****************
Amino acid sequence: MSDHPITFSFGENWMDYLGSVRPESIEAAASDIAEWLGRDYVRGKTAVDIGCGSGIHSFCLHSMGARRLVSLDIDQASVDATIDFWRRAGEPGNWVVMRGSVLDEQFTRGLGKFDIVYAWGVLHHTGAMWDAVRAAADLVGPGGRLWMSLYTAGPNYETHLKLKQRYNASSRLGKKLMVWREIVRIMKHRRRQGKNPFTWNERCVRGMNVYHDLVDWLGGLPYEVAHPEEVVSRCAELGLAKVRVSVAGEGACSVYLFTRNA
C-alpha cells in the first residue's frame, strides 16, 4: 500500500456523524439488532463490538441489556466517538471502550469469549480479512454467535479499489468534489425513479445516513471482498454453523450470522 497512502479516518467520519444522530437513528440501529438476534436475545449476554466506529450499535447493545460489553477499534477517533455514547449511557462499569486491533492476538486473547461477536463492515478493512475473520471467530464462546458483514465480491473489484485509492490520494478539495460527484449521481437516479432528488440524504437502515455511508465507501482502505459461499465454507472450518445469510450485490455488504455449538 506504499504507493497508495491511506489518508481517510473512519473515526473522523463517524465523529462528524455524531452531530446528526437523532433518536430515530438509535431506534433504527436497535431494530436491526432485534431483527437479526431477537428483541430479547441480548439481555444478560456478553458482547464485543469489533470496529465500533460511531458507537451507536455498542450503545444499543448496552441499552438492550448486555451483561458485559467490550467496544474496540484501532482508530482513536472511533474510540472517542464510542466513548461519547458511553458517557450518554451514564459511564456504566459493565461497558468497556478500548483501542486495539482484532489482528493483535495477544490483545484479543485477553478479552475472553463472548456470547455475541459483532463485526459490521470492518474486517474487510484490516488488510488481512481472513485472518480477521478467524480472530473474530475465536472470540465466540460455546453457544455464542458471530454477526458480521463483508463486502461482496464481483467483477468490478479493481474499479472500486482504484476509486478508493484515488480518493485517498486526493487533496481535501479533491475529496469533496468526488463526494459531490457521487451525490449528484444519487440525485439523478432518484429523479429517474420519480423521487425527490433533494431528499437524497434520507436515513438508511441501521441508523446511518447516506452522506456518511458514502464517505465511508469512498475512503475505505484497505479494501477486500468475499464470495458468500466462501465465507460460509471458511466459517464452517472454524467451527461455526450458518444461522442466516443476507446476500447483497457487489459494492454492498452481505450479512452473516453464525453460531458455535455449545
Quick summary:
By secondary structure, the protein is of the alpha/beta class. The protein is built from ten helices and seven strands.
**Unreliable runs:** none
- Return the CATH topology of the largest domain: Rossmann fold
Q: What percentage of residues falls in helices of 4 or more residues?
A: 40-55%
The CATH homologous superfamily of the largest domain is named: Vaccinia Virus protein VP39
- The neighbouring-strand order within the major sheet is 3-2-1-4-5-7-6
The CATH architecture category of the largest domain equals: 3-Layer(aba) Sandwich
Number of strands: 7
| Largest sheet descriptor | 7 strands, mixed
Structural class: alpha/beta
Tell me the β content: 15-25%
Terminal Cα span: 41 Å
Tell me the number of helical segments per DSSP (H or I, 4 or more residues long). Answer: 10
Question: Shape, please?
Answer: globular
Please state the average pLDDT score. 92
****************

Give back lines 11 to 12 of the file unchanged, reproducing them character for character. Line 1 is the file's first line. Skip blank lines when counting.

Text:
The CATH architecture category of the largest domain equals: 3-Layer(aba) Sandwich
Number of strands: 7